Types of Employee Feedback Collection Methods

A manager gathers feedback using employee feedback collection methods.

Employee feedback collection methods are crucial to crafting an exceptional employee experience and boosting employee retention in a competitive talent landscape. The goal is to make sure employee feedback is comprehensive — and then act on it, of course.

Who better to offer suggestions on improving your work environment than the employees tasked with working in it? Here are five employee feedback collection methods you can use to get the feedback you need to give your workers their dream jobs.

1. Life-Cycle Employee Feedback Collection Methods

Exit interviews and stay interviews are great ways to collect feedback and should be considered mandatory. These are how you find out what people like most (and least) about the job and company, what keeps them with you, and even how they could be poached! In terms of retention, it’s a great way to make sure workers are comfortable and happy with their career paths and advancement.

For instance, if a top performer mentions that they would leave for a remote work opportunity, you could offer them a work-from-home option, even if just for a couple of days each week. Of course, this feedback could also be applied company-wide to institute a formal work-from-home policy for all employees.

2. Manager Feedback

A manager who is close with their team is present for employee feedback, both informal and formal. They’re hearing from their workers during one-on-ones, team meetings, and casual conversations. They may also have thoughts on what is driving engagement, retention, and productivity on their teams — and what’s hindering it.

No person is infallible, and you’ll want to supplement this data with more formal employee feedback collection methods, but managers’ insights are valuable for anecdotal and gut-level perceptions. Keep the lines of communication open with managers, and be explicit that no piece of feedback is insignificant. Whether it’s a one-off employee comment about working from home, or an observation that women advance more slowly than men, you want to know.  You may want to cover the topics in your upcoming surveys to see if other employees feel the same.

3. New Employee Survey

An employee’s first 90 days in a new role are critical to employee engagement and job satisfaction. Some companies send a survey at 30, 60, and 90 days to gauge their onboarding experience, while others may just send a single survey at 90 days. Some questions to consider include:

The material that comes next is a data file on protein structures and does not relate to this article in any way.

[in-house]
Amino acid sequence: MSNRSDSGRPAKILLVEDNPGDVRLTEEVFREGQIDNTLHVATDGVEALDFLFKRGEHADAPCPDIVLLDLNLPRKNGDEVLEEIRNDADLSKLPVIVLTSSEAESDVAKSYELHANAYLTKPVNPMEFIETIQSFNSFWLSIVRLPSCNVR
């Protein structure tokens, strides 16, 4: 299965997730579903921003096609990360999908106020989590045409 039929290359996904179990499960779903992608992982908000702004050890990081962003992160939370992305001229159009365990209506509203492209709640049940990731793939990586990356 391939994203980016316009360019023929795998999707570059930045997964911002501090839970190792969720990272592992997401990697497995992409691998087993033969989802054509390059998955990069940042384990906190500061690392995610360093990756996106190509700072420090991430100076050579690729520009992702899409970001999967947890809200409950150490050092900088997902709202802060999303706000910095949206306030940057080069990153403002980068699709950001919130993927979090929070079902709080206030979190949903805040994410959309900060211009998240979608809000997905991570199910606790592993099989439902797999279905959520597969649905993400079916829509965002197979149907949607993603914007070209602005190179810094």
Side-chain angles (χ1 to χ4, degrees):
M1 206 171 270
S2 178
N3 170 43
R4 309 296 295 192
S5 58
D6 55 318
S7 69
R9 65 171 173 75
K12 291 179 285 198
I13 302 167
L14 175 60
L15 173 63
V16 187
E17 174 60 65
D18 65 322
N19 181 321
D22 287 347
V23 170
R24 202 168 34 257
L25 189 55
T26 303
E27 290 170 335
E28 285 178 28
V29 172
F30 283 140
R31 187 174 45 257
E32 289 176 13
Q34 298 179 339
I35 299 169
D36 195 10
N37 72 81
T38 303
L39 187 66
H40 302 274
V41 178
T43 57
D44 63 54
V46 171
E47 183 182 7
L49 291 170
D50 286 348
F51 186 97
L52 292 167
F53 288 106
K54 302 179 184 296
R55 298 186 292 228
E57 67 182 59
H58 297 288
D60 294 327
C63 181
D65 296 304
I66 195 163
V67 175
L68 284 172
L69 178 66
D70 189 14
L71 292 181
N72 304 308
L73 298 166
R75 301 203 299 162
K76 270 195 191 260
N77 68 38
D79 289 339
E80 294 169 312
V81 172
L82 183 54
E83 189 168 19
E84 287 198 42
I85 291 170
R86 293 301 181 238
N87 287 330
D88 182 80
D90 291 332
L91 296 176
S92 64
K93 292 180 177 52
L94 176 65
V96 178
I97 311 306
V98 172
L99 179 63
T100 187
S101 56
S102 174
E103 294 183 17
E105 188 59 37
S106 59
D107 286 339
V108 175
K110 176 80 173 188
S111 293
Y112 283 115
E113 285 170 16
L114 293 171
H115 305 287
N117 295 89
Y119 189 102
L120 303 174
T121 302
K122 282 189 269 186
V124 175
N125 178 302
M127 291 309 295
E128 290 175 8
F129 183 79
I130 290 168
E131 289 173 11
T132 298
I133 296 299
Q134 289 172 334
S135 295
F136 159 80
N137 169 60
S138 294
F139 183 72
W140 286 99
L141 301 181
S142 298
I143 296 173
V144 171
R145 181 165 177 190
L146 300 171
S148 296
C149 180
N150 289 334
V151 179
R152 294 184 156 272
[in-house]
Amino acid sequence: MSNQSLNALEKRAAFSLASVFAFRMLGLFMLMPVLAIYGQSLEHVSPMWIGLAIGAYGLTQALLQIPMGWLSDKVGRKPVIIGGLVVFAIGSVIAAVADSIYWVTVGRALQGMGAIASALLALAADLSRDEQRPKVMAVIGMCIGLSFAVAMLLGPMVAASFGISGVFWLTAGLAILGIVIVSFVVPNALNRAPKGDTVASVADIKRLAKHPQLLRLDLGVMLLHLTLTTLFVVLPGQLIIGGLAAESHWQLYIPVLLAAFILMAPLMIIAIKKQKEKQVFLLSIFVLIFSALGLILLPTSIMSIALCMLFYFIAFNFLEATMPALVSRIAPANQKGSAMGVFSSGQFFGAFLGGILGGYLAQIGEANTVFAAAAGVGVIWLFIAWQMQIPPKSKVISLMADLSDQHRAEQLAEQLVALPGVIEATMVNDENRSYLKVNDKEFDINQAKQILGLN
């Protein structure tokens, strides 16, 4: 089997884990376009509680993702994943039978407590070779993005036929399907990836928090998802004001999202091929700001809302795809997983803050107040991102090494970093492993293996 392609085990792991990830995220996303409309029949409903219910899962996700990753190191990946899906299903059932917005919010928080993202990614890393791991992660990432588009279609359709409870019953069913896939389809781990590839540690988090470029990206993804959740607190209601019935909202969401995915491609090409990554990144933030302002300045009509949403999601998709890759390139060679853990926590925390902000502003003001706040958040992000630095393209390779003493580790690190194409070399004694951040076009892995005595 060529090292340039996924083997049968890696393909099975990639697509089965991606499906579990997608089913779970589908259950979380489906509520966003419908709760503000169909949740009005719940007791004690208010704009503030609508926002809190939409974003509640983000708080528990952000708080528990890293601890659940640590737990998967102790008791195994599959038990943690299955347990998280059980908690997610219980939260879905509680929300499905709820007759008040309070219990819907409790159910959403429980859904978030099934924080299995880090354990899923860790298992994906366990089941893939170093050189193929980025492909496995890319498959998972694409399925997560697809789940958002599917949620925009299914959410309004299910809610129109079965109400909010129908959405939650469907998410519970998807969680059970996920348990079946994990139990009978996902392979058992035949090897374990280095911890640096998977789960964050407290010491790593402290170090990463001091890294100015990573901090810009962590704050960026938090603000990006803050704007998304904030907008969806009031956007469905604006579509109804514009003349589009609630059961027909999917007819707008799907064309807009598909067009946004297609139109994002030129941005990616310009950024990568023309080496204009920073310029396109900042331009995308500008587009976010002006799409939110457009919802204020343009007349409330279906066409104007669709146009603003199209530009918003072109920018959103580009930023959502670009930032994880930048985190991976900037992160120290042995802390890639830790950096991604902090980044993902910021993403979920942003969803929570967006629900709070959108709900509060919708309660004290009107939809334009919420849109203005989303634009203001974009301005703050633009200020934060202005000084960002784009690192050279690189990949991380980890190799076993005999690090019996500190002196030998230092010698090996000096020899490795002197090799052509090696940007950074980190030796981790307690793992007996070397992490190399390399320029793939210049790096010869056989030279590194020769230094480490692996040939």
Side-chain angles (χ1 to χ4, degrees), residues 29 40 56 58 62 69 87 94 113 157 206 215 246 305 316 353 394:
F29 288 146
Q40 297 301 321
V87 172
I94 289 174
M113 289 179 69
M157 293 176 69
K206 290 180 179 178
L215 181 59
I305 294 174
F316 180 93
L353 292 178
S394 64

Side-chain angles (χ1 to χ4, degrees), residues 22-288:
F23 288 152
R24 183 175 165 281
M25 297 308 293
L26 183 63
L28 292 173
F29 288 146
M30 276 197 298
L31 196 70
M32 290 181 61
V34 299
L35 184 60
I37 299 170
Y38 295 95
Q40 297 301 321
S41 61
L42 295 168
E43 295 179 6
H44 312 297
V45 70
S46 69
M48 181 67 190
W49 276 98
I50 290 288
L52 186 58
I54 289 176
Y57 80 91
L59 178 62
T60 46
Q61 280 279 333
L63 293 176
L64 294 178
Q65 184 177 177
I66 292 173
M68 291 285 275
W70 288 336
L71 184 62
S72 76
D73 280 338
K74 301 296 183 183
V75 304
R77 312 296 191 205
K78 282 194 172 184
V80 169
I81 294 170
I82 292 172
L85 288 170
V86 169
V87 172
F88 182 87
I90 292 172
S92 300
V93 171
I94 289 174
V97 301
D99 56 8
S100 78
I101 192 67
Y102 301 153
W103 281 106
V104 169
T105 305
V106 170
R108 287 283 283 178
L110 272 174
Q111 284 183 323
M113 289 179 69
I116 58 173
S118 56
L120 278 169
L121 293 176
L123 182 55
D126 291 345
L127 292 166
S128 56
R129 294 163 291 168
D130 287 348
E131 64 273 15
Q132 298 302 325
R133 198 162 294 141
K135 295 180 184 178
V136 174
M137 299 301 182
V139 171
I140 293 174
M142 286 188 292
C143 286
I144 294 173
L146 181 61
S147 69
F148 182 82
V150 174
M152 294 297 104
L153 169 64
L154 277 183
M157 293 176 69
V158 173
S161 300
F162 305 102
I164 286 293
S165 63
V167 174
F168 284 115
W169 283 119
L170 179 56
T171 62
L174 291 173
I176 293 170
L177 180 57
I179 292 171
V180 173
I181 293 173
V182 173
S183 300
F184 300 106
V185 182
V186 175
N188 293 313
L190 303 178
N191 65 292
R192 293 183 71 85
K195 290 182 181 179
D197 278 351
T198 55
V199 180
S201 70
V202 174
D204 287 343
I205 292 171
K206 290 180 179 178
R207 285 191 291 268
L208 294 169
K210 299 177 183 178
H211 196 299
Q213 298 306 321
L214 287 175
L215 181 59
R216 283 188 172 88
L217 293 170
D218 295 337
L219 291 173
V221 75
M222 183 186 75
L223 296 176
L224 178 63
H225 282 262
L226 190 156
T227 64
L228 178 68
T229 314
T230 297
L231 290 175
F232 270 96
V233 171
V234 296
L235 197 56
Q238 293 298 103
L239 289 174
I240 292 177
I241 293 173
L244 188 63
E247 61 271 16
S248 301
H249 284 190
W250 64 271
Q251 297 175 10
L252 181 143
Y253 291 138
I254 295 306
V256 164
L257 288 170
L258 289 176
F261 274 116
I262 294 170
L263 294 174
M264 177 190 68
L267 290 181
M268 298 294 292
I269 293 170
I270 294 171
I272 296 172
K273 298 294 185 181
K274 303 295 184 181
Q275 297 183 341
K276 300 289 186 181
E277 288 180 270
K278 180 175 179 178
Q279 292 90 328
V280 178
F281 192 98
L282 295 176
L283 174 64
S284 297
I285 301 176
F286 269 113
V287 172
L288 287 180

• Does the new employee feel welcome?
    • How are they settling in?
    • How do they like the office environment?
    • How satisfied are they with any communications methods, like Slack or Microsoft Teams?
    • Are the team’s current goals reasonable and reachable? Why or why not?

Ask about other topics specific to your business and your current management situation. If you have heard by other means that something is lacking, make sure to include incoming employees’ perspectives by asking them about it.

4. Employee Engagement Surveys

Employee engagement surveys are a great way to collect large amounts of feedback all at once. You can offer them annually or even monthly. These can be quite comprehensive, asking about anything that could be impacting employee satisfaction, engagement, or retention.

Improve your completion rates by communicating why you’re conducting the survey and assure your workers that the feedback is anonymous. Sharing the results, and visibly acting on the feedback you receive, will help ensure future surveys are also well-attended.

5. Pulse Surveys

One of the newer and more popular employee feedback collection methods, pulse surveys are much shorter and easier to complete and can be done with greater frequency than traditional employee surveys. A company might offer weekly pulse surveys to get a regular take on employee satisfaction and get feedback in a timely way. It’s suggested that you begin by asking, “On a scale of one to ten, how likely would you be to recommend working here to a friend or family member?” Ask them to elaborate on their score.

But it’s not just about the open-ended questions, as crucial as those are. Pulse surveys also track the responses to the same set of questions over time. By studying these responses, you can use pulse surveys to track and measure anything. If you’ve been working on a new initiative, you can get near-real-time feedback and course-correct using just a few pulse surveys spread out over time. This means that pulse surveys can vary widely from one survey to the next, as your intentions and concerns change over time.

Keep Your Finger on the Pulse

Now that you know everything there is to know about the various types of employee feedback collection methods, let’s put them into practice. Let Monster show you other ways to raise and maintain employee satisfaction.